Blog Archives

Third Circuit Ascertainability Rulings Continue to Imperil Low-End Consumer Class Actions

It’s a pattern repeated in millions of households every day:  you go to the grocery or the drug store, buy the items you need, and don’t bother to keep the receipt.  You may throw the receipt away immediately, you may throw

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Extending the Reach of Comcast v. Behrend

This past March, the Supreme Court held that a class may not be certified if its proposed damages model does not adequately limit damages to the alleged wrongful conduct that will be adjudicated before the trial court. In Comcast Corp.

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Sixth Circuit: Maybe Comcast v. Behrend Wasn’t Such a Big Deal After All

As a result of the Supreme Court’s decision last term in Comcast Corp. v. Behrend, many have speculated that courts will be particularly wary of certifying classes without a full examination of the merits of the underlying lawsuit. Comcast, you

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When Incentive Payments to Class Representatives Come With Strings Attached

It is not uncommon for class action settlements to include an “incentive award” for class representatives for their service to the class in bringing the lawsuit. Neither is it uncommon for courts to approve such settlements, so long as the

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Supreme Court Continues to Push the Envelope for Merits Determinations

The Supreme Court’s 5-4 decision last week to overturn the certification of a class of cable television subscribers is extraordinary—not because it continues the Court’s exhortations to lower courts to make merits determinations at the class certification stage, but because

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The Supreme Court’s Amgen Decision: Keeping Merits Inquiries Out of “Fraud on the Market”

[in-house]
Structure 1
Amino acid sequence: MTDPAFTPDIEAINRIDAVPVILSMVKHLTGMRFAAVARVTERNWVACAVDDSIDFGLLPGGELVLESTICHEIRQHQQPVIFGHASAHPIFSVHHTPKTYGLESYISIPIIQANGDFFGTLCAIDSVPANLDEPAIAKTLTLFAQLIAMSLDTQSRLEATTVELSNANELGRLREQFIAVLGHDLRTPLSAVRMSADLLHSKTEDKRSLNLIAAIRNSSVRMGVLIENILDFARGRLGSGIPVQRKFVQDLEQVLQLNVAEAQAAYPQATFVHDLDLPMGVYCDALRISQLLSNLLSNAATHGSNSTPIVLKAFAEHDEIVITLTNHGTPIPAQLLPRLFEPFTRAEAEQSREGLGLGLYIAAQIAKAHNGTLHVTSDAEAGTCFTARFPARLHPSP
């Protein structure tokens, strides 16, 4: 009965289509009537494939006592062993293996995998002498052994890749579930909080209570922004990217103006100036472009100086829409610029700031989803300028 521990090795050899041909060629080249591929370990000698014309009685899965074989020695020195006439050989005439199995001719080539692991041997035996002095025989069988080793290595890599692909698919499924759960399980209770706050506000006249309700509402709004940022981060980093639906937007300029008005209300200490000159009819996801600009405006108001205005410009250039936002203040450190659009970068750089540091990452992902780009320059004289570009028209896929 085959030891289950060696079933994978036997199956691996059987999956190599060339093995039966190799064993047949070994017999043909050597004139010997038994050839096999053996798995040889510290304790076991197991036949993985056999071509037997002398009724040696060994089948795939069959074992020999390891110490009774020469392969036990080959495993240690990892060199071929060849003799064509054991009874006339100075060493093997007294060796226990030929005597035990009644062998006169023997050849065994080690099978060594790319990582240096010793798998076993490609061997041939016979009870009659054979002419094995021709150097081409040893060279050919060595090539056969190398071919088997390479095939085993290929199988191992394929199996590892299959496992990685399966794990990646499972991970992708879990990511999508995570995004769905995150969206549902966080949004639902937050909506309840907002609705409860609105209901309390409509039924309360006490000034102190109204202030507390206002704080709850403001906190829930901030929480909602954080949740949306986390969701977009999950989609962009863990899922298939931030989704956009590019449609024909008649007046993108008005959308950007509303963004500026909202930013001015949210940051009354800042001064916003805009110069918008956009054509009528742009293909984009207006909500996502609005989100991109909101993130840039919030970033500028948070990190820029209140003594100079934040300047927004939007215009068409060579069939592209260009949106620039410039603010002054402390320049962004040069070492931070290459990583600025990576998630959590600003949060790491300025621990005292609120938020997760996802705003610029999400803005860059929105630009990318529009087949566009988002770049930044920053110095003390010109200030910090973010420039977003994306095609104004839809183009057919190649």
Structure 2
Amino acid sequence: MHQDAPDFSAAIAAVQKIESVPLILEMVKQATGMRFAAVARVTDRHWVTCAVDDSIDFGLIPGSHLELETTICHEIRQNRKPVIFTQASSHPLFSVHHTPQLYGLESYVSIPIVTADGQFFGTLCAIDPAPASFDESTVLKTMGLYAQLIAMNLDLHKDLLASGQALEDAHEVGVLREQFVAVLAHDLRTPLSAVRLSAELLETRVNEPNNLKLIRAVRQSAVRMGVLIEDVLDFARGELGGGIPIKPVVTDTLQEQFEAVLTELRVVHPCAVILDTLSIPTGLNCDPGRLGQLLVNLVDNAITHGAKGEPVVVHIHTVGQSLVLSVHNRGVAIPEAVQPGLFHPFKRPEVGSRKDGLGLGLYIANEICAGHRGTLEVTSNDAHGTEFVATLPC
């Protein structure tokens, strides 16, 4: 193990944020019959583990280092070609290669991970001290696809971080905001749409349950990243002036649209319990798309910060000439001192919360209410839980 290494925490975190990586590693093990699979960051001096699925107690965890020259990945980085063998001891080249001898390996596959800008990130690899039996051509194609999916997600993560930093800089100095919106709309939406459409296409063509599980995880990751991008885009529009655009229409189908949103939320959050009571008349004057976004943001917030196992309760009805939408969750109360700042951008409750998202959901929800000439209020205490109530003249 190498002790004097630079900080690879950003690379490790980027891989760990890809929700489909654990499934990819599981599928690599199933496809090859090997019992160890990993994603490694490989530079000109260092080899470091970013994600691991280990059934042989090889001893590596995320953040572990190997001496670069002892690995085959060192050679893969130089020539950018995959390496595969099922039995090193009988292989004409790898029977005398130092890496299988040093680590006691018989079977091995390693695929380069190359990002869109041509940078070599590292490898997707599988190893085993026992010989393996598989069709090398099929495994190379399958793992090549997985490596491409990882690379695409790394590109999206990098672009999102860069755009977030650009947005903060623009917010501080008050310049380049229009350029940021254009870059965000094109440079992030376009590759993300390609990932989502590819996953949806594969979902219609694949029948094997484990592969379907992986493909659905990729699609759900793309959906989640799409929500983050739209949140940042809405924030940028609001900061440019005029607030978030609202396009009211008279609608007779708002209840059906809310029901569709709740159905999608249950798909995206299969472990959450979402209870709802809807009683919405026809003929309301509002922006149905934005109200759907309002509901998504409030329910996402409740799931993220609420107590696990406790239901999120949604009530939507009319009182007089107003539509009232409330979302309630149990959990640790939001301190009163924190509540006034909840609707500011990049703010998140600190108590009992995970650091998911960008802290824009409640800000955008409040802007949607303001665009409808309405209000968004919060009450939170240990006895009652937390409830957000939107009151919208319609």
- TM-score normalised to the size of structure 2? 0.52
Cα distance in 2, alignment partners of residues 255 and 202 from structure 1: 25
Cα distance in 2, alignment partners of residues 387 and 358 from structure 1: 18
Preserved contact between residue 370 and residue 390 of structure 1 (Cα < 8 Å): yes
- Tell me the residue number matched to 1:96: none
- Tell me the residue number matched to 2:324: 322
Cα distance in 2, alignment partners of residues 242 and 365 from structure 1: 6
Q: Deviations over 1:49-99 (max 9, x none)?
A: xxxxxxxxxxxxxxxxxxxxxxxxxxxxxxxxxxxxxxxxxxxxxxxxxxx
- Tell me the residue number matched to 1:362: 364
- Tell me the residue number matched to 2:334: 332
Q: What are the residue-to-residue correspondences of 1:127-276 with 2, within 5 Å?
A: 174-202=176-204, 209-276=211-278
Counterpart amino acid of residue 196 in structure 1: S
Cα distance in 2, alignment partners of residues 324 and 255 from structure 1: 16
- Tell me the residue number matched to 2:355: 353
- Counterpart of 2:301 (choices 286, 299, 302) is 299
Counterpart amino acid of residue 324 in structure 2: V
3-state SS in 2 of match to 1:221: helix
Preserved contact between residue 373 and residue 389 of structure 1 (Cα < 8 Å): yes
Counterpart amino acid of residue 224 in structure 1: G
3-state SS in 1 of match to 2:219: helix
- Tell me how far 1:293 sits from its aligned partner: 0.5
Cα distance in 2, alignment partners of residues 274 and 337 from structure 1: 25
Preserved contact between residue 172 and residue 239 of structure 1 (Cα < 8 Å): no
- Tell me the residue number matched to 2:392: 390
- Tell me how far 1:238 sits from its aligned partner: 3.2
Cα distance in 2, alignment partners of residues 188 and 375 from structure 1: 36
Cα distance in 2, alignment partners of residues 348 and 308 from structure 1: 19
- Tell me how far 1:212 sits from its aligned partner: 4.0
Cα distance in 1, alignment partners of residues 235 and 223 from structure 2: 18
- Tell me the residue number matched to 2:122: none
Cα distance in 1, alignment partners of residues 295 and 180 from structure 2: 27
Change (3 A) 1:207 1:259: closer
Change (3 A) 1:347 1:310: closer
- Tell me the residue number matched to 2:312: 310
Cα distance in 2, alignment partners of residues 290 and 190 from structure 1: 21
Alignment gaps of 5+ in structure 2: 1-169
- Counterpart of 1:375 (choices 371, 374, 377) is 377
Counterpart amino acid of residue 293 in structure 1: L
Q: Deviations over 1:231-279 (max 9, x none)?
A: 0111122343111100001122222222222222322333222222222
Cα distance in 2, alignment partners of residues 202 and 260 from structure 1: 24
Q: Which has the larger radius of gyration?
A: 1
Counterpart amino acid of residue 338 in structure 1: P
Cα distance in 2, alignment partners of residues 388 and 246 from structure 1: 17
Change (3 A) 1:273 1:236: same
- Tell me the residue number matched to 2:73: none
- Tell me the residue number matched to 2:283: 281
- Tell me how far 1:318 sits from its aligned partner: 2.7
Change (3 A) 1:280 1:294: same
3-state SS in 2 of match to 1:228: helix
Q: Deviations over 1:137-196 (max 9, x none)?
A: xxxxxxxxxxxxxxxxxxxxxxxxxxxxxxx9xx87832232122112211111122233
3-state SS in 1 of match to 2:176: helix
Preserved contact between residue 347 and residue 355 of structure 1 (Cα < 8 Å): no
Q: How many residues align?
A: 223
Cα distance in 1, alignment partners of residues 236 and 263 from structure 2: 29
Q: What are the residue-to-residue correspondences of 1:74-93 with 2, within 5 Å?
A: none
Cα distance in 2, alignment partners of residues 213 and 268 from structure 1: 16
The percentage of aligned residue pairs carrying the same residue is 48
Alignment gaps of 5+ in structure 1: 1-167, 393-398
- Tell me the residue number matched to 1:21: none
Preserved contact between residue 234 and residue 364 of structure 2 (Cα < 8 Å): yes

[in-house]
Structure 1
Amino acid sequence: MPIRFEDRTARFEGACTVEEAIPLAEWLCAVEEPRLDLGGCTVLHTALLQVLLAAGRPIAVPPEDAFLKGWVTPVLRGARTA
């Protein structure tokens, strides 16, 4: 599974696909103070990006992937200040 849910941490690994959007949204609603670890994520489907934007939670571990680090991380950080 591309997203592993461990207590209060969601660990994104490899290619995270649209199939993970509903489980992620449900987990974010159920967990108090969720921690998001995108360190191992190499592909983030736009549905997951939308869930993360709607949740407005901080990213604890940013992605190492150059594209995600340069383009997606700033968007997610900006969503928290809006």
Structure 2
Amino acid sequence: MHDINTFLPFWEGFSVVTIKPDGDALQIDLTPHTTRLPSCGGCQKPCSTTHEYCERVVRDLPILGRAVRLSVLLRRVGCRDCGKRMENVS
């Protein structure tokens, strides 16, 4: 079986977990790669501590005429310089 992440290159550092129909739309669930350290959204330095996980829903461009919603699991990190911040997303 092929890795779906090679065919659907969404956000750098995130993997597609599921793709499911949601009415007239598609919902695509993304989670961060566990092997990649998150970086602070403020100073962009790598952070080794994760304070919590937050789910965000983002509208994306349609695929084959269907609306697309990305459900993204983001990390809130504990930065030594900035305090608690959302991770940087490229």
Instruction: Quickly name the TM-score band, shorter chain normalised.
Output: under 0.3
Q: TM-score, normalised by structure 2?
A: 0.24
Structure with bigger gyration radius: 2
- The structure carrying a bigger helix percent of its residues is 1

While the Supreme Court’s recent jurisprudence has increasingly favored merits inquiries at the class certification stage, there is one area in which the Court has been reluctant to blur the distinction between certification and merits: the “fraud on the market”

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Supreme Court Update: 2013 Could Be a High-Water Mark for Class Action Developments

The 2012-13 Supreme Court term has been a hotbed of class action activity, with the justices set to decide at least half a dozen cases that will directly affect class action litigation. Although none of this term’s decisions is likely

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Seventh Circuit: “Predominance Is a Question of Efficiency”

The question of Rule 23(b)(3) predominance has become an increasingly thorny one for courts ruling on class certification motions, in no small part due to the Supreme Court’s landmark 2011 opinion in Wal-Mart Stores, Inc. v. Dukes. It was thus

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N.H. Court Deals Another Blow to Advertising Class Actions

A recent New Hampshire case provides yet another example of the difficulty of establishing predominance for class certification purposes in advertising/consumer deception cases. This time, the industry is one that is amply familiar with class action jurisprudence: the tobacco industry.

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Pennsylvania Court Decertifies Class in Fiduciary Breach Case Against H & R Block

The Pennsylvania Supreme Court last week upheld the decertification of a class of H&R Block customers challenging the tax preparer’s “Rapid Refund” program as deceptive, holding that the existence of a confidential relationship between H&R Block and each class member—a

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